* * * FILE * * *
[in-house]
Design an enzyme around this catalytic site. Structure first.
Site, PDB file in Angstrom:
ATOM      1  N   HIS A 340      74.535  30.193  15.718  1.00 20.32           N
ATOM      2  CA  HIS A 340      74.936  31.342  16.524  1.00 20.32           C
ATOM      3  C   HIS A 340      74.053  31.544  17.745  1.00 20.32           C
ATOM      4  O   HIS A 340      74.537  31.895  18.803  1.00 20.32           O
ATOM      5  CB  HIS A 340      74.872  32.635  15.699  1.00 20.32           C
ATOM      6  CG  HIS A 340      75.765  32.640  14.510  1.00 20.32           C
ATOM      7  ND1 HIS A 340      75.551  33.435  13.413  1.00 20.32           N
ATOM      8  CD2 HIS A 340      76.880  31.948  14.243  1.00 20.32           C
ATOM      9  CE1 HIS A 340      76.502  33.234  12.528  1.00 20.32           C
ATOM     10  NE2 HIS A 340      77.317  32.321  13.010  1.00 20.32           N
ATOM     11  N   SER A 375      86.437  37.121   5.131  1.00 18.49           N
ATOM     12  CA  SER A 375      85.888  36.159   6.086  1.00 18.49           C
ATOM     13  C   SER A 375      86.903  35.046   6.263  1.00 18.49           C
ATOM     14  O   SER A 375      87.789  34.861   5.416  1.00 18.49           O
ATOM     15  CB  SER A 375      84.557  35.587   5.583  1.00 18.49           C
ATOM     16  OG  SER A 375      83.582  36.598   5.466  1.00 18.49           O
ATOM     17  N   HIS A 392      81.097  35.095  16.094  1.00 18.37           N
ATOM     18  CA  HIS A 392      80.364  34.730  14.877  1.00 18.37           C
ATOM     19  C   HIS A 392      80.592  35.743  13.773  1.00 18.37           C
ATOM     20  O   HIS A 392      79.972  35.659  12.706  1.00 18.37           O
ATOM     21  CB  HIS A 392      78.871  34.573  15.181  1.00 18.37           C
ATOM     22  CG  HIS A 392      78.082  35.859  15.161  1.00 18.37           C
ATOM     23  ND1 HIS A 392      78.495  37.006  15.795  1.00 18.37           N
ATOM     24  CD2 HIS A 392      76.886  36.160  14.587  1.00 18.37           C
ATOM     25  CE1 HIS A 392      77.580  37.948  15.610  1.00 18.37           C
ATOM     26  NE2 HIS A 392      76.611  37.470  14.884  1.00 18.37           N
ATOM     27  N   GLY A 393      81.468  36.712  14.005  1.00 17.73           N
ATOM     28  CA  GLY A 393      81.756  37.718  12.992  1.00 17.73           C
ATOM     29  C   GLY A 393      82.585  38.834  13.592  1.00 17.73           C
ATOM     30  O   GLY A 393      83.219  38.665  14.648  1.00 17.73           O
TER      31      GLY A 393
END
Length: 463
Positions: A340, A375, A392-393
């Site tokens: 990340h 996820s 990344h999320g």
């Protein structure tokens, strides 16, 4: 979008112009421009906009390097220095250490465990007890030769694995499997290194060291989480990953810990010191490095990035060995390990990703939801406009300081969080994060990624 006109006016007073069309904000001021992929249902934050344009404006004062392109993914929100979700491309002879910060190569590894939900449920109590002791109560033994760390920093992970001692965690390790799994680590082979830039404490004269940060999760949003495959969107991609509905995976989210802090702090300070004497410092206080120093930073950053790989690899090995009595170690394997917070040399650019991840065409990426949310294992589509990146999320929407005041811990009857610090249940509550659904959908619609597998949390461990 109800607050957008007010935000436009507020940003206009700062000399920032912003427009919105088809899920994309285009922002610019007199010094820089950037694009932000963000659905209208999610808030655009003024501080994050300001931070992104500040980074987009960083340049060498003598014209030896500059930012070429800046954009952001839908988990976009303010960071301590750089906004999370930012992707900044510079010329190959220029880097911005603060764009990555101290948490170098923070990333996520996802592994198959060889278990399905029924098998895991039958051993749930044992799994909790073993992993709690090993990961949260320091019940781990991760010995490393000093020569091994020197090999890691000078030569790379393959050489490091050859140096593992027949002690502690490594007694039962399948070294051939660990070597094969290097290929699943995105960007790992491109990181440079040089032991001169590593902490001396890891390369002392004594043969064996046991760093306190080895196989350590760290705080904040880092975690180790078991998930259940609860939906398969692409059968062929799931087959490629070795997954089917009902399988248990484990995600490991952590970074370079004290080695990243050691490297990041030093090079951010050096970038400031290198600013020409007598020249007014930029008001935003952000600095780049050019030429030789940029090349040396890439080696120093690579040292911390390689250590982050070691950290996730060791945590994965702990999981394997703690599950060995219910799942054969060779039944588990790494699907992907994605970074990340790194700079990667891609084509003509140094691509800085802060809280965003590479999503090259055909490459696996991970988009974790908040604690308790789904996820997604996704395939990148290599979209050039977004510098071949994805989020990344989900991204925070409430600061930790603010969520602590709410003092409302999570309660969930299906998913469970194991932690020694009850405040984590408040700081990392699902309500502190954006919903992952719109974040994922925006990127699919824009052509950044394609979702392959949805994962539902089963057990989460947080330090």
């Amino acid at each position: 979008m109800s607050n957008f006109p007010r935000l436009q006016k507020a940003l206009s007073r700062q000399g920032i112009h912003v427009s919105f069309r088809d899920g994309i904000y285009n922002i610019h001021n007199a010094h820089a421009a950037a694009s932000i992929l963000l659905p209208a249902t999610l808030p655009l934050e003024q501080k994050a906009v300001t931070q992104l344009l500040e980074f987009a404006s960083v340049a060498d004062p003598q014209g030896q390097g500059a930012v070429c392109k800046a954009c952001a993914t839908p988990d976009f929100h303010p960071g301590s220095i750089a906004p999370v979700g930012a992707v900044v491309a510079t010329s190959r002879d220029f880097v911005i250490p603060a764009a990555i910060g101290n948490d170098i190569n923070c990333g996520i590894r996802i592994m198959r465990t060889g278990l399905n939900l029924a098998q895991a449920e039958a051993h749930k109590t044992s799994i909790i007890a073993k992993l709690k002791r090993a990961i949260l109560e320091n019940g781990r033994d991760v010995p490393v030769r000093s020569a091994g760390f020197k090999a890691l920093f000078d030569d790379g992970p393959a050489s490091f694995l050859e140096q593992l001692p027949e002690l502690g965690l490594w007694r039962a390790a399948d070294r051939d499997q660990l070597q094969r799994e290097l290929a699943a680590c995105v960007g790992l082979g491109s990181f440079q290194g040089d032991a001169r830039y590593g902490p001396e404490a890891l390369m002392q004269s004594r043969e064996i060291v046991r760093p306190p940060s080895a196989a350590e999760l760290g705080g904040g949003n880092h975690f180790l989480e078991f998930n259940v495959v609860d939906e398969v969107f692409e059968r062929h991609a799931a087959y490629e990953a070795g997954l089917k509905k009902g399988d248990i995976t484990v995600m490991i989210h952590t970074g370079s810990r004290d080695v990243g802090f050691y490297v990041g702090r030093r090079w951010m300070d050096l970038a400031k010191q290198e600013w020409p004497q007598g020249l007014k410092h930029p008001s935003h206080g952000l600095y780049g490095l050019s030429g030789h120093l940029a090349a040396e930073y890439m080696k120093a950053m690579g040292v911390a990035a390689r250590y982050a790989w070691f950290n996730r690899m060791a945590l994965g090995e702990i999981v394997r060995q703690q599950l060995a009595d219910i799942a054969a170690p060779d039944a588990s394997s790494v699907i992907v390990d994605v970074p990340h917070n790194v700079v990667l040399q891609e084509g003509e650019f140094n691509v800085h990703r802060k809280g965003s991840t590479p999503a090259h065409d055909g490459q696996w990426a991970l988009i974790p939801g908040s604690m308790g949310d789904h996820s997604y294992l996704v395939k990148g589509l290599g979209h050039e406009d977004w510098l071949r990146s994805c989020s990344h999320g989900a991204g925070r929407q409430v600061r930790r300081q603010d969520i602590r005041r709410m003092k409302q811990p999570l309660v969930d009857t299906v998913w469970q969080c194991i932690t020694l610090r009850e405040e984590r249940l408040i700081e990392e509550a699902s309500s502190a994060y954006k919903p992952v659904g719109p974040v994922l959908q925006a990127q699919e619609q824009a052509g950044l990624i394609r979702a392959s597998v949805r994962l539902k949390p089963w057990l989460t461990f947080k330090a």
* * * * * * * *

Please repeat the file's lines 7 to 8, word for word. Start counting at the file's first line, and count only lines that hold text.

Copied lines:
ATOM      4  O   HIS A 340      74.537  31.895  18.803  1.00 20.32           O
ATOM      5  CB  HIS A 340      74.872  32.635  15.699  1.00 20.32           C